Rain Reserve are a duo comprised of Glasgow’s bluesy purveyor of swampy Americana, John Alexander, and Edinburgh’s mistress of jazzy interpretations of country music, Lorna Reid. “East meets west,” Reid quipped on stage as she introduced Beneath the Blue, a song she claimed was partly inspired by Alexander’s supposed frustration at having to endure the train journey required to write and rehearse with Reid in her native city. It’s much more than that of course as Reid sings of a universal yearning to connect with one another despite supposed differences over an almost languid guitar delivery from her and Alexander. With fine harmonies and a sly guitar solo from Alexander midway through, the song is a fine introduction to the duo’s talents.
The pair have been writing songs together since a meeting at “the hobbit house” at Moniack a few years back and first appeared at the Fringe but now, having recorded some songs, have set out on several live dates. Their songs are not country, blues nor jazz but are set in a classic acoustic duet setting with some of the songs tonight reminding one of Richard and Linda Thompson’s recordings with Drinking Alone in particular capturing some of that ill fated pair’s melancholy. “2am songs,” as Reid called them, flowed from the couple with Alexander’s gravelly voice nicely offset by Reid’s more dulcet tones while most of the songs featured Alexander wringing some notes from his guitar in various fashions, stinging blues runs, Chet Atkins like licks along with some jazzy Barney Kessel like runs. Some of the songs featured Alexander’s gritty southern inspired slopes into gothic Americana while Reid shone on a song she co-write with Darden Smith.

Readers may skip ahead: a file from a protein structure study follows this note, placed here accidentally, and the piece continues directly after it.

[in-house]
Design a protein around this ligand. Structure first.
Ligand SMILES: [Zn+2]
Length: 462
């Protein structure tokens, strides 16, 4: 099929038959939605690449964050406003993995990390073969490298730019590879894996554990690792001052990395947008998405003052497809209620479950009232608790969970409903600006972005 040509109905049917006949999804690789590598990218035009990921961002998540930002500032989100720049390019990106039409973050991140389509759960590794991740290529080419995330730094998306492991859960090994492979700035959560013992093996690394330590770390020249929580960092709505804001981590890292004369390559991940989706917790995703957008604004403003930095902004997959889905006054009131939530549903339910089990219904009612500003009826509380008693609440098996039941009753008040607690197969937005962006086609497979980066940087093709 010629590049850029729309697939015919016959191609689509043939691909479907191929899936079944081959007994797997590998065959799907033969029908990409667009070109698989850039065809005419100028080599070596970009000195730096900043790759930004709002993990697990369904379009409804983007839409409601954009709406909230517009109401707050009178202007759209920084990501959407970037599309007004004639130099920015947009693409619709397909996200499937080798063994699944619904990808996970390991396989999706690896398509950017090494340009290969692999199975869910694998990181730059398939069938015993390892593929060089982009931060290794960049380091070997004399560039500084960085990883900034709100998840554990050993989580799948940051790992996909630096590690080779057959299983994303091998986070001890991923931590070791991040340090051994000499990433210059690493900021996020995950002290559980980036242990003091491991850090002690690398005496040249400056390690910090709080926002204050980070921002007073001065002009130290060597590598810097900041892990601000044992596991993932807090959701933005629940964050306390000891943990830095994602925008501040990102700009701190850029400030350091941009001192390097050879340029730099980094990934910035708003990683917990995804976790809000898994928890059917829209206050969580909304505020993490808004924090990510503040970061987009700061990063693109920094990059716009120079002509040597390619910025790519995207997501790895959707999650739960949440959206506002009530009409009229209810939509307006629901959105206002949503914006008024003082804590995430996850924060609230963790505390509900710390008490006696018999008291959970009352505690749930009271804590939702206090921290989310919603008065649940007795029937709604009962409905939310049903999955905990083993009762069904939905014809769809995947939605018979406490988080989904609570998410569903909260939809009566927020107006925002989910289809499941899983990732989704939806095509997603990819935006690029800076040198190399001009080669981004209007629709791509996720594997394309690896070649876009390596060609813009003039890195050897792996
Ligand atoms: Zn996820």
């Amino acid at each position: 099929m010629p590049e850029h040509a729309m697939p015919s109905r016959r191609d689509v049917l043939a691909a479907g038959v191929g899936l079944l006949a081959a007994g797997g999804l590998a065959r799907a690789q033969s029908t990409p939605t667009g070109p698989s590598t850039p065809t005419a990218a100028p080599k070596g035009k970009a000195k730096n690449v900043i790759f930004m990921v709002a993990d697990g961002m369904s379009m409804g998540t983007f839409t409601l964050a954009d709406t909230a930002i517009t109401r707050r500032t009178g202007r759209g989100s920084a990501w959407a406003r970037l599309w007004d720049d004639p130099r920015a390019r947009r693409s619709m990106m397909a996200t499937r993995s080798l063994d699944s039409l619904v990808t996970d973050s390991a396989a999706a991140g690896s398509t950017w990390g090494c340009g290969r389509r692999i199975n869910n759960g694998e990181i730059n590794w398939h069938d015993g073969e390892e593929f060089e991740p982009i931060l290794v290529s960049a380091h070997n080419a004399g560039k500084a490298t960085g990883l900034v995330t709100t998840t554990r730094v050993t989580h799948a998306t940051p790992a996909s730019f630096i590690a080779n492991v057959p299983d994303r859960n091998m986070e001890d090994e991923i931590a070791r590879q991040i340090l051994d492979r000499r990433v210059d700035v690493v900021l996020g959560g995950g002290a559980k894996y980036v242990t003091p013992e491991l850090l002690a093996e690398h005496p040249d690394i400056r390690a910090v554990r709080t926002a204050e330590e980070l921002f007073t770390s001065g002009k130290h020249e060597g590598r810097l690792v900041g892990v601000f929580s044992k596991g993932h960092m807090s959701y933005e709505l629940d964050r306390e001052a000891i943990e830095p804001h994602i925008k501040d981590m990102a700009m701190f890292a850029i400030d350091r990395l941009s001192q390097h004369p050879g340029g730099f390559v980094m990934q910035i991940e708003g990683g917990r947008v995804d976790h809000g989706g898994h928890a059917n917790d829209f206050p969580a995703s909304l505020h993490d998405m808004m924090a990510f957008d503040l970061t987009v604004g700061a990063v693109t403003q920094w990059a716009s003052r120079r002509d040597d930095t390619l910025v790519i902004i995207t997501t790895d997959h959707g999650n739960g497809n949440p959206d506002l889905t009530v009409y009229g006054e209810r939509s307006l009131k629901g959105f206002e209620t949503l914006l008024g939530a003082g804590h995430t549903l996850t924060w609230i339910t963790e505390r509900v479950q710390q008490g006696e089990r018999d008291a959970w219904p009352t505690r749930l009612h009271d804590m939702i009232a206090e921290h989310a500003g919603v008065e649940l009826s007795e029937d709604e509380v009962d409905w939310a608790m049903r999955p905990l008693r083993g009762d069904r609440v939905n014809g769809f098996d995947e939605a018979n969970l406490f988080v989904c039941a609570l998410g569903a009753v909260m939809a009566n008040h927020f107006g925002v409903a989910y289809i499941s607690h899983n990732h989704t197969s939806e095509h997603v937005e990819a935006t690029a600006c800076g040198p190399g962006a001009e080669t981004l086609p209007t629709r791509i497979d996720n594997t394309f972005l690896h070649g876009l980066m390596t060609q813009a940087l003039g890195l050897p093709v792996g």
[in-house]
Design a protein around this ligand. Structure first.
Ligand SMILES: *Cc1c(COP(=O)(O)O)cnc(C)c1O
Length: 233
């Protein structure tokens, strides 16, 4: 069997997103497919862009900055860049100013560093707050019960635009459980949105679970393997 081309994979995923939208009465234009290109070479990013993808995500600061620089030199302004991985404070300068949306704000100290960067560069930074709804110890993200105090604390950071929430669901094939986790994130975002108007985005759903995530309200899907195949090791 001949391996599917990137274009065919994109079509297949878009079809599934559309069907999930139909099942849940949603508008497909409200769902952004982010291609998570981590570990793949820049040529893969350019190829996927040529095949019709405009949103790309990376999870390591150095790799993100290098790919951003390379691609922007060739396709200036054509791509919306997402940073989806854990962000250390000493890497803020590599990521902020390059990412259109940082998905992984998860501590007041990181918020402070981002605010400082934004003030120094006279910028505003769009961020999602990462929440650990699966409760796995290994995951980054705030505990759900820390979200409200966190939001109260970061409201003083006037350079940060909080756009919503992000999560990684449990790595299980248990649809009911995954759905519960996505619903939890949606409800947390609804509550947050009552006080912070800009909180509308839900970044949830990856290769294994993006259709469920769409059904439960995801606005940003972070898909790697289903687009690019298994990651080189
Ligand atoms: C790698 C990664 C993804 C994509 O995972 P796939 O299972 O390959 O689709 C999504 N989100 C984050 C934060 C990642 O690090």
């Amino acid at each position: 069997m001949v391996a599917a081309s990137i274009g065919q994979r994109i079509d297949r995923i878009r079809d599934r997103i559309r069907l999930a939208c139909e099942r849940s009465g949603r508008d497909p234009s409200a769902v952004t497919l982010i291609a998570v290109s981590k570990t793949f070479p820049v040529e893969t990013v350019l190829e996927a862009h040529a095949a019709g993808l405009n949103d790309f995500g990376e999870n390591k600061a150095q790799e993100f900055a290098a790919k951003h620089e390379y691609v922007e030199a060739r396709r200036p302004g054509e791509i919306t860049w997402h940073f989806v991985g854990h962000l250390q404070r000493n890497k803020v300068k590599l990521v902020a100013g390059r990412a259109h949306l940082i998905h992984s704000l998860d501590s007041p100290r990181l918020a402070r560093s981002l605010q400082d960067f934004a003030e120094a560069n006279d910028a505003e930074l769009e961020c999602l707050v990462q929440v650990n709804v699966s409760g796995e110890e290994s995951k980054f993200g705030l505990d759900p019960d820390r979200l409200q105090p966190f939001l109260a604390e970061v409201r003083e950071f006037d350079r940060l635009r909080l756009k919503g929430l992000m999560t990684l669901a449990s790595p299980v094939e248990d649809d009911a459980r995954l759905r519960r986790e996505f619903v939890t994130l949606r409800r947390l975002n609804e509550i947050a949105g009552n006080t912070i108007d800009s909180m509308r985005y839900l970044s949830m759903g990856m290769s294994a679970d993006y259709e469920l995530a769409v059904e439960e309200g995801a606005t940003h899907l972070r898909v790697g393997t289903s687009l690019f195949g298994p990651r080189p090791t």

Iona MacDonald of Doghouse Roses played a short opening set which consisted in the main of songs from that acclaimed duo. Having just recently branched out on stage on her own she confessed to being nervous but once her glorious voice reached out to the audience she was home and safe. She opened with Fairground, her tale of a prostitute on her uppers before offering a powerful reading of Feed the Monster. Amid old and newer songs she offered an affectionate cover of Natalie Merchant’s Motherland and closed with the traditional Black is the Colour.
At the end of the night Alexander mentioned a friend who could not attend due to a “conflict of John’s,” Mr. Prine being the other John playing in the city tonight. As a salute to that great man all three musicians joined together for an unplugged rendition of Speed of the Sound of Loneliness with faultless harmonies as the audience sang along. A splendid close to a splendid night.